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MONKEYSPHERE(7)		       System Frameworks	       MONKEYSPHERE(7)

NAME
       monkeysphere  -	ssh and	TLS authentication framework using OpenPGP Web
       of Trust

DESCRIPTION
       Monkeysphere is a framework to leverage the OpenPGP web	of  trust  for
       OpenSSH and TLS key-based authentication.  OpenPGP keys are tracked via
       GnuPG, and added	to the authorized_keys and known_hosts files  used  by
       OpenSSH	for  connection	authentication.	 Monkeysphere can also be used
       by a validation agent to	validate TLS connections (e.g. https).

IDENTITY CERTIFIERS
       Each host that uses the Monkeysphere to authenticate its	 remote	 users
       needs  some way to determine that those users are who they claim	to be.
       SSH permits key-based authentication, but we want instead to  bind  au-
       thenticators to human-comprehensible user identities.  This switch from
       raw keys	to User	IDs makes it possible for administrators to see	 intu-
       itively	who has	access to an account, and it also enables end users to
       transition keys (and revoke compromised ones) automatically across  all
       Monkeysphere-enabled  hosts.   The User IDs and certifications that the
       Monkeysphere relies on are found	in the OpenPGP Web of Trust.

       However,	in order to establish this binding, each host must know	 whose
       cerifications  to  trust.   Someone  who	 a host	trusts to certify User
       Identities is called an Identity	Certifier.  A host must	have at	 least
       one  Identity  Certifier	 in order to bind User IDs to keys.  Commonly,
       every ID	Certifier would	be trusted by the host to fully	 identify  any
       User  ID,  but more nuanced approaches are possible as well.  For exam-
       ple, a given host could specify a dozen ID certifiers, but assign  them
       all  "marginal"	trust.	Then any given User ID would need to be	certi-
       fied in the OpenPGP Web of Trust	by at least three of those certifiers.

       It is also possible to limit the	scope of trust for a given  ID	Certi-
       fier  to	 a  particular	domain.	  That is, a host can be configured to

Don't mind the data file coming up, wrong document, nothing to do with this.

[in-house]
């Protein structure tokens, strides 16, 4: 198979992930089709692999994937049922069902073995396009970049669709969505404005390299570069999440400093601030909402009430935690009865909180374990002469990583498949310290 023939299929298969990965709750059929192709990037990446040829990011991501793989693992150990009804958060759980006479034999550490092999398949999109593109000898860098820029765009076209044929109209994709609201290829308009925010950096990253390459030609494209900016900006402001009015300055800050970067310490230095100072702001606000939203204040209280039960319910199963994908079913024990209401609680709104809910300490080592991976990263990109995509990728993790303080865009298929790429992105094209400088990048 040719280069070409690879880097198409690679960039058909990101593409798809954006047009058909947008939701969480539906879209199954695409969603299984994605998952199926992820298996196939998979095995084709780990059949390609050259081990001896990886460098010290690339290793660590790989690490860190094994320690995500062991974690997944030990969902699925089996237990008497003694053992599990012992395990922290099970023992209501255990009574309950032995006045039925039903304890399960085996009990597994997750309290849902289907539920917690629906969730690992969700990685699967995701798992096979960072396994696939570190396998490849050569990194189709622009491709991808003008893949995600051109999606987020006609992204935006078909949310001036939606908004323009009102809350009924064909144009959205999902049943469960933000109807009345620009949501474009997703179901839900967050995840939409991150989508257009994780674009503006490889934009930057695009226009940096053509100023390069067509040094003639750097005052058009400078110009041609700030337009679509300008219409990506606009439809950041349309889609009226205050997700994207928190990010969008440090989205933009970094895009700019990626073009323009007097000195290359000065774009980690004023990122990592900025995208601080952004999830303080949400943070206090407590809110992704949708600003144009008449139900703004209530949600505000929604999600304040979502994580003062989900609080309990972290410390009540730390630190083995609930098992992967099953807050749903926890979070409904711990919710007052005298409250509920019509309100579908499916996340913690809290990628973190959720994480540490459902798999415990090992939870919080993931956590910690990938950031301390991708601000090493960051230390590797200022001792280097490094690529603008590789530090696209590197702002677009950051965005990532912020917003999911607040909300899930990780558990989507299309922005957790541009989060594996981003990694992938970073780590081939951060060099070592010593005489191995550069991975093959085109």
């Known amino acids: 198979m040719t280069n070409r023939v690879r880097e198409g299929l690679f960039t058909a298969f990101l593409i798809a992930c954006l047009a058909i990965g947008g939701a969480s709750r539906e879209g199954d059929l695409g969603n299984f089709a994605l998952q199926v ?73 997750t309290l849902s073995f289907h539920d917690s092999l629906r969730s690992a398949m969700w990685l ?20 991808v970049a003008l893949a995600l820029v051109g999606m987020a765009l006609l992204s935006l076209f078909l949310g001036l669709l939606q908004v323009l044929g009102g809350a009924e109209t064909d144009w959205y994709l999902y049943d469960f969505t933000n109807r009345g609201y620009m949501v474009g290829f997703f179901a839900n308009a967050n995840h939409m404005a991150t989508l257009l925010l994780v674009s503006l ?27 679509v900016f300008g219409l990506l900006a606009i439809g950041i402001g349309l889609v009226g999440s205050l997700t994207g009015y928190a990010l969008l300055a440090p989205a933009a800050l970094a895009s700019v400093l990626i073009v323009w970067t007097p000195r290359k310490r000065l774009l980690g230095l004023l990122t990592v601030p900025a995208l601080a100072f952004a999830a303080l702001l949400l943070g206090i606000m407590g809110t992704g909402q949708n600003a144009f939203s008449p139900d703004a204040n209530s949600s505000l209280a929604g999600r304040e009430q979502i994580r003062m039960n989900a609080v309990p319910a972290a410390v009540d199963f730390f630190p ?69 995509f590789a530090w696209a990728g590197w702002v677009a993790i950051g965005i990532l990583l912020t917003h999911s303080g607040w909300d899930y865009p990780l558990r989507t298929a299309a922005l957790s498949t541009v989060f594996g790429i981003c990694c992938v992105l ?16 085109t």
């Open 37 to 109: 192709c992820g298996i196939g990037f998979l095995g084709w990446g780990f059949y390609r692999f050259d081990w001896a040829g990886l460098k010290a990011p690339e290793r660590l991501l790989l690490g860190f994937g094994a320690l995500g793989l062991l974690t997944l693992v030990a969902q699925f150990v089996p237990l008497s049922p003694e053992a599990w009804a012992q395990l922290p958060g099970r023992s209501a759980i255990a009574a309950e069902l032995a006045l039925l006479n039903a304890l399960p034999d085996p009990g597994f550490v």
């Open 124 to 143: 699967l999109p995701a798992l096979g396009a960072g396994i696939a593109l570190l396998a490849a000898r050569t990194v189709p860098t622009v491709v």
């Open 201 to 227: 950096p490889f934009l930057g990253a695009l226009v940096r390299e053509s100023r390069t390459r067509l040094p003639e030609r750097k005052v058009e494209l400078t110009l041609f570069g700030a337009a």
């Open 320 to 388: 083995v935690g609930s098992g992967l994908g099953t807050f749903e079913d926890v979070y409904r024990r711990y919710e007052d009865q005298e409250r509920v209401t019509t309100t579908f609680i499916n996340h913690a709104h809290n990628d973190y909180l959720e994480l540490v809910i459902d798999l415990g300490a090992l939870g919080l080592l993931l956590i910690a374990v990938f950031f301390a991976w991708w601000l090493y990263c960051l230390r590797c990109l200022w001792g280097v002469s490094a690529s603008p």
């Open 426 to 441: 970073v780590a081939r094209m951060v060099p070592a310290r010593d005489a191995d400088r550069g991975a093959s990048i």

fully (or marginally) trust a particular	ID Certifier  only  when  they
       certify	identities  within,  say, example.org (based on	the e-mail ad-
       dress in	the User ID).

KEY ACCEPTABILITY
       The monkeysphere	commands work from a set of user IDs to	determine  ac-
       ceptable	keys for ssh and TLS authentication.  OpenPGP keys are consid-
       ered acceptable if the following	criteria are met:

       capability
	      The key must have	the `authentication' (`a') usage flag set.

       validity
	      The key itself must be valid, i.e. it must be  well-formed,  not
	      expired, and not revoked.

       certification
	      The relevant user	ID must	be signed by a trusted identity	certi-
	      fier.

HOST IDENTIFICATION
       The OpenPGP keys	for hosts have	associated  `service  names`  (OpenPGP
       user  IDs)  that	are based on URI specifications	for the	service.  Some
       examples:

       ssh:   ssh://host.example.com[:port]

       https: https://host.example.com[:port]

AUTHOR
       Written by: Jameson Rollins <jrollins@finestructure.net>,  Daniel  Kahn
       Gillmor <dkg@fifthhorseman.net>

SEE ALSO
       monkeysphere(1),	 monkeysphere-host(8), monkeysphere-authentication(8),
       openpgp2ssh(1),		       pem2openpgp(1),		       gpg(1),
       http://tools.ietf.org/html/rfc4880,			       ssh(1),
       http://tools.ietf.org/wg/secsh/draft-ietf-secsh-scp-sftp-ssh-uri/

monkeysphere			  March	2010		       MONKEYSPHERE(7)

NAME | DESCRIPTION | IDENTITY CERTIFIERS | KEY ACCEPTABILITY | HOST IDENTIFICATION | AUTHOR | SEE ALSO

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